I recreated a .svg file of the Official Tino Rangatiratanga Flag as I noticed the version popularly referenced on Wikipedia didn’t look correct. The koru pattern didn’t seem correct & on close inspection it seemed a poor copy. So I uploaded a new version for anyone & referenced as correctly as I could.
This .svg is a vector file, meaning it can be enlarged to print at any size & edited.
“The Tino Rangatiratanga flag, designed by Hiraina Marsden, Jan Smith and Linda Munn & promoted by the Maori Patriotic group Te Kawariki.
Elements of the flag
Te Kawariki’s own account of their activities, 20 years of protest action 1979-1999, Te Kawariki, outlines the elements of the Maori flag as follows:
Black – represents Te Korekore, the realm of Potential Being. It represents the long darkness from whence the world emerged. It represents the heavens. The male element is formless, floating and passive.
White – represents Te Ao Marama, the realm of Being and Light. It is the Physical World. White also symbolises purity, harmony, enlightenment, and balance.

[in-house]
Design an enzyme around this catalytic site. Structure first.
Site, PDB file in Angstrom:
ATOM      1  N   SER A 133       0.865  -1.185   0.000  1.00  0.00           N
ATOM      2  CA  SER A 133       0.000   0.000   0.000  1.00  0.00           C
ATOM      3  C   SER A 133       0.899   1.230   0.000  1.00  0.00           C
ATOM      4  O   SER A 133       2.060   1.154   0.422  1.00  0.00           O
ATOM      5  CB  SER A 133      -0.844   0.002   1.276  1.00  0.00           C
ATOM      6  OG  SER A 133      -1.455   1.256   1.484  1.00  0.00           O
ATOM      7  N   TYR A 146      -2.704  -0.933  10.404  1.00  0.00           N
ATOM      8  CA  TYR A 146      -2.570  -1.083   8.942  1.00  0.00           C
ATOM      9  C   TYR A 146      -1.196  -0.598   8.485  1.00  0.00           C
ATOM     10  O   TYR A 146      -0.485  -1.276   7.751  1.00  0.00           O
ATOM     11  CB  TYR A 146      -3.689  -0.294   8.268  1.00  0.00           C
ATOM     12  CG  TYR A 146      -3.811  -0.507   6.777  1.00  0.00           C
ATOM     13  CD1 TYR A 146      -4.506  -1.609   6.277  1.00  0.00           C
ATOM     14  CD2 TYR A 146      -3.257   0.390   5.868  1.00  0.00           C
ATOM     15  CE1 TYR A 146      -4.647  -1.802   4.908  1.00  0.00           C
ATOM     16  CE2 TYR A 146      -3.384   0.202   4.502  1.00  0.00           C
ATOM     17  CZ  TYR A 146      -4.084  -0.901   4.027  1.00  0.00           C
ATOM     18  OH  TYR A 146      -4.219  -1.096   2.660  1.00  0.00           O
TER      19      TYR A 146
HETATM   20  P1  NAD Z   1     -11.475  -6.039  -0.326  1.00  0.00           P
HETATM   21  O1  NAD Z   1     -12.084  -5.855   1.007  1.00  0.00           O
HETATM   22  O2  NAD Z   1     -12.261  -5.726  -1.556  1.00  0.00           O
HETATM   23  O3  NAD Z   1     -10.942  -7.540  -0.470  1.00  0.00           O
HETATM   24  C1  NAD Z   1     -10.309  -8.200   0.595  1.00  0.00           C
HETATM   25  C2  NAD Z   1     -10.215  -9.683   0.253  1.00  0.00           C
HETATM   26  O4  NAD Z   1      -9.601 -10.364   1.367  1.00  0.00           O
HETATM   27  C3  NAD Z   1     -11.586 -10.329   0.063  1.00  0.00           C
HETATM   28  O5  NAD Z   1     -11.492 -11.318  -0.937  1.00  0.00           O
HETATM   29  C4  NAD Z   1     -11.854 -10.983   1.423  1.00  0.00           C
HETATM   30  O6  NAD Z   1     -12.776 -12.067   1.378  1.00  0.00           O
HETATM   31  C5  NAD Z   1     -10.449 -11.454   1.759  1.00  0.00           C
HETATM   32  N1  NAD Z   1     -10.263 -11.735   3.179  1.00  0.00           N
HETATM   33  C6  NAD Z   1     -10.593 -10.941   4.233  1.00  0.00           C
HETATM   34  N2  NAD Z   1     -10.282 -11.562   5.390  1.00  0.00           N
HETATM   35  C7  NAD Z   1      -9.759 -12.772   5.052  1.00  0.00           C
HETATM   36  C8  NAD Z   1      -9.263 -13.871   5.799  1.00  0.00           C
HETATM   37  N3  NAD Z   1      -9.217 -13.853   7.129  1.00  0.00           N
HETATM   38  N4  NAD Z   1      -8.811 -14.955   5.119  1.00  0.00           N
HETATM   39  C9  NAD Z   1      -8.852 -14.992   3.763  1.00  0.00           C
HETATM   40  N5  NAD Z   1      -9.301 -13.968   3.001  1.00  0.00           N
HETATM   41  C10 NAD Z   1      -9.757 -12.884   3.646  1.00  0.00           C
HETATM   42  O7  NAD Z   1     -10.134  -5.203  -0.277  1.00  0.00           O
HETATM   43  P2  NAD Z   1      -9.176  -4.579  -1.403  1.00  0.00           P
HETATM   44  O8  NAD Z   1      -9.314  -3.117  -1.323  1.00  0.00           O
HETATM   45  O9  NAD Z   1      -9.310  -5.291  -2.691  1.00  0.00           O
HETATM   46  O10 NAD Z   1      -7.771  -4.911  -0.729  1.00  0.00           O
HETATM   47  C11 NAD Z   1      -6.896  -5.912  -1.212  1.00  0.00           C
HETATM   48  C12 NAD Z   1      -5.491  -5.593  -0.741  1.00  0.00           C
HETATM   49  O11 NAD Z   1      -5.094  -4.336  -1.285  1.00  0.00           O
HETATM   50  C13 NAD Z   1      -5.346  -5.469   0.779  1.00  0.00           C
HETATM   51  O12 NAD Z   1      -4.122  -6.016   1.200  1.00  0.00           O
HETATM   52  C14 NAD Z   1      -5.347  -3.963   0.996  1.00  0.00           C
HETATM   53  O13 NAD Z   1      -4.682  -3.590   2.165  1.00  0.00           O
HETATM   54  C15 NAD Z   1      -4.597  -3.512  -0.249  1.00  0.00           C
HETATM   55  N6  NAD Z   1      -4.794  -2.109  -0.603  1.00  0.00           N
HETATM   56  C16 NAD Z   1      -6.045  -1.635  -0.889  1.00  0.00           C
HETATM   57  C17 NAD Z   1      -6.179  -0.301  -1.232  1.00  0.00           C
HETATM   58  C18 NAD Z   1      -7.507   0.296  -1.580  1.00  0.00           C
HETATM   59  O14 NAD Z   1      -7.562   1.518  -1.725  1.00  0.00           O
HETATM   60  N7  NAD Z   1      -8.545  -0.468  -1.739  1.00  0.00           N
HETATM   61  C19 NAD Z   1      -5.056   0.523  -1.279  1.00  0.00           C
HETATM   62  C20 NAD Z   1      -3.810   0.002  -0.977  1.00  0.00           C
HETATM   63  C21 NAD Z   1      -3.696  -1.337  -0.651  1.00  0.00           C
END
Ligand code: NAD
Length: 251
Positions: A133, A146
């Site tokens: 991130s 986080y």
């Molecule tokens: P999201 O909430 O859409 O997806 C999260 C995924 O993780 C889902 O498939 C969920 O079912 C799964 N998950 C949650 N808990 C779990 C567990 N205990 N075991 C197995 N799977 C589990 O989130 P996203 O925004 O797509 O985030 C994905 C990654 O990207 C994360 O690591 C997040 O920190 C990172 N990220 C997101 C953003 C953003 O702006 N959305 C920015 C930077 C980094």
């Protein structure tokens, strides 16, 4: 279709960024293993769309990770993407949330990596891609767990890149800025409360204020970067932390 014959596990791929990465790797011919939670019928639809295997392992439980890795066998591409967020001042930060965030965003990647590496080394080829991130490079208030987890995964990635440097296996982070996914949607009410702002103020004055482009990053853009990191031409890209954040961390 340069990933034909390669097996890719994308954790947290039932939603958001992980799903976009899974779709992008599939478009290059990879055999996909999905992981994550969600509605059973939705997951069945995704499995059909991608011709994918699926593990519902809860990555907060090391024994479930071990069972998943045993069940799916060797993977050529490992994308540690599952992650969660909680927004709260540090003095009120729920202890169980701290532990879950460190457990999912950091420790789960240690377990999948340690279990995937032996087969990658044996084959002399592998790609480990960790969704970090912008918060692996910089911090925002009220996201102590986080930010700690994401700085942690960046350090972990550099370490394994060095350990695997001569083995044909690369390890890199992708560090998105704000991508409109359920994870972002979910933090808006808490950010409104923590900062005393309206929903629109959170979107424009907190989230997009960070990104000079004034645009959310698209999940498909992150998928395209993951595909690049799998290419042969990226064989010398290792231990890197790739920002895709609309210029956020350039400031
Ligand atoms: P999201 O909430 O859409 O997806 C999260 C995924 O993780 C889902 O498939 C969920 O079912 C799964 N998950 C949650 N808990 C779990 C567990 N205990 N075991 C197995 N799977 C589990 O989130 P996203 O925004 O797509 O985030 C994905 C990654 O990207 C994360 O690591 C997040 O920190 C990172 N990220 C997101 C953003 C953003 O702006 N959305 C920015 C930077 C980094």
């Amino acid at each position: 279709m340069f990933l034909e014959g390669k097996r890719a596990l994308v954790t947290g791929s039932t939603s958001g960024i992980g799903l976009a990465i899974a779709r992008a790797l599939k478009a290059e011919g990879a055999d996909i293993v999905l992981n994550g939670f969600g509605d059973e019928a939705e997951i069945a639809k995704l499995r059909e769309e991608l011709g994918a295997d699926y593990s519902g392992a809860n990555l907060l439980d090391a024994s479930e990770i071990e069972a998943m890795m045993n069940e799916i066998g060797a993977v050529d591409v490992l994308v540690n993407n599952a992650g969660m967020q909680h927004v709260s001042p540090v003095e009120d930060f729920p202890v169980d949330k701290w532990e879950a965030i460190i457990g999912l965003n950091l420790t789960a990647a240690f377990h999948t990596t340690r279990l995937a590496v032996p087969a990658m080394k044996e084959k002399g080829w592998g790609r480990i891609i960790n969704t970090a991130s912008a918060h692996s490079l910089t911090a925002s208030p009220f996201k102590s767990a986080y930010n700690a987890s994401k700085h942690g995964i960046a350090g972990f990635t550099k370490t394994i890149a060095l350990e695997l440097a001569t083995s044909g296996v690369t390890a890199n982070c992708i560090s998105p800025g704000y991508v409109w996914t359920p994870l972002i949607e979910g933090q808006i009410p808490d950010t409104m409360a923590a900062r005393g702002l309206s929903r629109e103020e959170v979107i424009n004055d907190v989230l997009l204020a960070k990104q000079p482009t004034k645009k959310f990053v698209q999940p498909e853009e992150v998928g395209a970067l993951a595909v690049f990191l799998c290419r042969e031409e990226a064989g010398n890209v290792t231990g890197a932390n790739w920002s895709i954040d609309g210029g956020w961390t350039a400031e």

Koru – the curling frond shape, the Koru, represents the unfolding of new life. It represents rebirth and continuity, and offers the promise of renewal and hope for the future.
Red – represents Te Whei Ao, the realm of Coming into Being. It symbolises the female element. It also represents active, flashing, southern, falling, emergence, forest, land and gestation. Red is Papatuanuku, the Earth Mother, the sustainer of all living things. Red is the colour of earth from which the first human was made.
The design represents: the balance of natural forces with each other. To live life is to live with nature. To appreciate life is to understand nature.
“The Māori Party became a coalition partner in the National-led government in 2008 and party co-leader Pita Sharples took up the issue. Prime Minister John Key said a Māori flag could fly on the bridge if Māori could agree on a flag. The tino rangatiratanga flag was chosen after a public consultation process, and was flown over the bridge and in other public locations on Waitangi Day 2010. It became the national Māori flag.”